Asia

Yemen conflict: Planes fly in much-needed relief supplies

Planes carrying aid arrive in Sanaa on 10 April 2015 Image copyright EPA
Image caption The two planes have brought in 32 tonnes of mainly medical supplies

Two planes carrying much-needed relief supplies have arrived in the Yemeni capital Sanaa.

The aircraft have brought in medical equipment and food and water supplies from the Red Cross and the UN children's fund (Unicef).

The UN has warned that basic services are unravelling in Yemen, with widespread food and fuel shortages.

Meanwhile, Pakistan has ruled itself out of joining the Saudi-led coalition fighting Houthi rebels in Yemen.

Pakistan's parliament voted against joining its ally, Saudi Arabia, saying in a resolution that it should "maintain neutrality" in Yemen.

'Humanitarian pause'

The International Committee of the Red Cross (ICRC) said its plane landed in Sanaa carrying 16 tonnes of medical aid, including drugs and surgical equipment.

Unicef's plane has flown in the same amount of aid - bringing food supplements for 20,000 children as well as medical supplies.

"The supplies we have managed to bring in today can make the difference between life and death for children and their families," said Unicef's Julien Harneis.

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Media captionFrank Gardner outlines the various groups and nations involved in the current Yemeni crisis

The arrival of the flights comes after days of delays while both organisations waited for clearance from all sides in the conflict to land in Yemen.

The UN's humanitarian co-ordinator for Yemen has called for a humanitarian "pause" in the bombardment and fighting on the ground to allow the aid to be delivered.

Johannes van der Klaauw told reporters in Geneva that the conflict has now spread to 15 of Yemen's 22 provinces.

He described the situation in Aden in particular as "catastrophic", a descent into urban warfare, with control of the air and seaports shifting daily between rival groups.

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Media captionKim Ghattas reports from the border between Saudi Arabia and Houthi-controlled Yemen, which has been largely inaccessible to the international media

A million people in the city risk being cut off from access to clean water within a matter of days unless additional fuel is brought in, he said.

The World Health Organisation (WHO) says almost 650 people have been killed and more than 2,200 have been injured since 19 March, but Mr van der Klaauw said the actual number of casualties is likely to be far higher because many are not being brought to hospital or are being buried immediately.

'Diplomatic role'

Yemen has been in chaos since Houthi rebels, backed by army units loyal to the ousted former President Ali Abdullah Saleh, took full control of Sanaa in January and placed current President Abdrabbuh Mansour Hadi under house arrest.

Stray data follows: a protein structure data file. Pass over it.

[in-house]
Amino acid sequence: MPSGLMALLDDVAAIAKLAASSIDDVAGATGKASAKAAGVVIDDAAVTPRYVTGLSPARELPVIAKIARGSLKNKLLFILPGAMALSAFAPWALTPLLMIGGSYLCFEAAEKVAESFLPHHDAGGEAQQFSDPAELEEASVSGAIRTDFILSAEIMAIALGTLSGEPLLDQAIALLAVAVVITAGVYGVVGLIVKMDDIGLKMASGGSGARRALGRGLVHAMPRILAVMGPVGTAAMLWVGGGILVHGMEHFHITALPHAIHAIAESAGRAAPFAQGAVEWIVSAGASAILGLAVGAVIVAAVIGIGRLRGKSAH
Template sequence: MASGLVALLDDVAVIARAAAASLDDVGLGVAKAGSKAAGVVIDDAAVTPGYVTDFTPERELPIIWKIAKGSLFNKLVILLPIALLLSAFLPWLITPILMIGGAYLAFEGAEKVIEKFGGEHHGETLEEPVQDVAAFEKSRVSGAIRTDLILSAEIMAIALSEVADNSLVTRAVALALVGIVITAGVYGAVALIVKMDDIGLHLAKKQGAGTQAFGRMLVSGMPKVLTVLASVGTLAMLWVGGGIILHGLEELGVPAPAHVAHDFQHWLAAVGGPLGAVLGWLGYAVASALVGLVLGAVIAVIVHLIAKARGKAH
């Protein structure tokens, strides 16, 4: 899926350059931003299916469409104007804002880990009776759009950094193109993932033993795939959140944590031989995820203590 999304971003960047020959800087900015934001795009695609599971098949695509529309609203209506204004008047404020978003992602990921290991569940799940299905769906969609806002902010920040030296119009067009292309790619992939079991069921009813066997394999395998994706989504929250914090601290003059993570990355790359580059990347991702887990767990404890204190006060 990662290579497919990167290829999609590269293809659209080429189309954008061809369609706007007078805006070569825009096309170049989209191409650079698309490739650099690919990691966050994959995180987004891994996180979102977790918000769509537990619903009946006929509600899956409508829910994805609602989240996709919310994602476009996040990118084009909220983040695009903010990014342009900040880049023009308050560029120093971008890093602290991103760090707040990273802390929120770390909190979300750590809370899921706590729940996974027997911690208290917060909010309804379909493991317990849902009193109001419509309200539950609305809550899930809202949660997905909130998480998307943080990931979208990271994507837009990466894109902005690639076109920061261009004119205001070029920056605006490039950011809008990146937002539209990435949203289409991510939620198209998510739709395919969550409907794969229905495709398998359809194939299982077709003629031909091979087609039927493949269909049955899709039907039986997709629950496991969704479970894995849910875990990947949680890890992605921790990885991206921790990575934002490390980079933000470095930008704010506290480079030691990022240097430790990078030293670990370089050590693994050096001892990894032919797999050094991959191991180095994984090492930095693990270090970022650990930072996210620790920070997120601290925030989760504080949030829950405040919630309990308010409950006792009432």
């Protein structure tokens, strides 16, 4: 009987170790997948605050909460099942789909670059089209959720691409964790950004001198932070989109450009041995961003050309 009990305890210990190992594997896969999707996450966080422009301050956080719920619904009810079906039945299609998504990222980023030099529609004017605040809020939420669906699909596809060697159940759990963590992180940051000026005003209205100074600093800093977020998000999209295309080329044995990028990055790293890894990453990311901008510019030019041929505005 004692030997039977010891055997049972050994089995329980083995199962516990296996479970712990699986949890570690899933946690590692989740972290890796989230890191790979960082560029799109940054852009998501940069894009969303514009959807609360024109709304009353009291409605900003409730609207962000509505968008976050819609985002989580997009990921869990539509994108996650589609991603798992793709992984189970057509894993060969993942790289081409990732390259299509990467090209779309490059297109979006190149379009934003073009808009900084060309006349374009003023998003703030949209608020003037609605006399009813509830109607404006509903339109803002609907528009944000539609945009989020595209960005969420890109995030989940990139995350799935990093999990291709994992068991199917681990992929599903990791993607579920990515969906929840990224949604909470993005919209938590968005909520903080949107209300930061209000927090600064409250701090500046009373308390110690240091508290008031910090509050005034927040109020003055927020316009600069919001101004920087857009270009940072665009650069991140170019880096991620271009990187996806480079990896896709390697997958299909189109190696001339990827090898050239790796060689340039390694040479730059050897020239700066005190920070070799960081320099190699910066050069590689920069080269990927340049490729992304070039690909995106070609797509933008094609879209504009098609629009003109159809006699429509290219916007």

Mr Hadi escaped and took refuge in Aden in February, but left the country at the end of March when the Houthis reached the outskirts of the southern port city.

Image copyright Reuters
Image caption The Saudi-led coalition says it has only targeted rebel positions, but civilian areas have often been hit
Image copyright EPA
Image caption Southern separatist militiamen and Sunni tribesmen have been unable to halt the rebel advance in Aden

Saudi Arabia began air strikes two weeks ago against the Houthis, a Zaidi Shia rebel movement that the US and Saudi Arabia allege is receiving military assistance from regional Shia power Iran.

But they have failed to halt the Houthi advance into Aden, as well as neighbouring southern and eastern provinces. Overnight, coalition aircraft targeted the defence ministry building in Sanaa and weapons storage sites.

Saudi Arabia asked Pakistan last month to contribute ships, aircraft and troops to the campaign to restore Mr Hadi to power.

But after days of debate, Pakistan's parliament voted to "maintain neutrality in the Yemen conflict so as to be able to play a proactive diplomatic role to end the crisis".

Analysts say Pakistan, which has a Sunni majority but also a sizeable Shia minority, fears being caught between the two if it sends troops to Yemen.


Who is fighting whom in Yemen?

Image copyright AFP

Houthis - The Zaidi Shia Muslim rebels from the north overran Sanaa last year and then expanded their control. They want to replace Mr Hadi, whose government they say is corrupt. The US alleges Iran is providing military assistance to the rebels.

Ali Abdullah Saleh - Military units loyal to the former president - forced to hand over power in 2011 after mass protests - are fighting alongside the Houthis.

Abdrabbuh Mansour Hadi - The president fled abroad in March as the rebels advanced on Aden, where he had taken refuge in February. Sunni Muslim tribesmen and Southern separatists have formed militia to fight the rebels.

Saudi-led coalition - A US-backed coalition of nine, mostly Sunni Arab states says it is seeking to "defend the legitimate government" of Mr Hadi.

Al-Qaeda in the Arabian Peninsula - AQAP opposes both the Houthis and President Hadi. A rival affiliate of Islamic State has also recently emerged.


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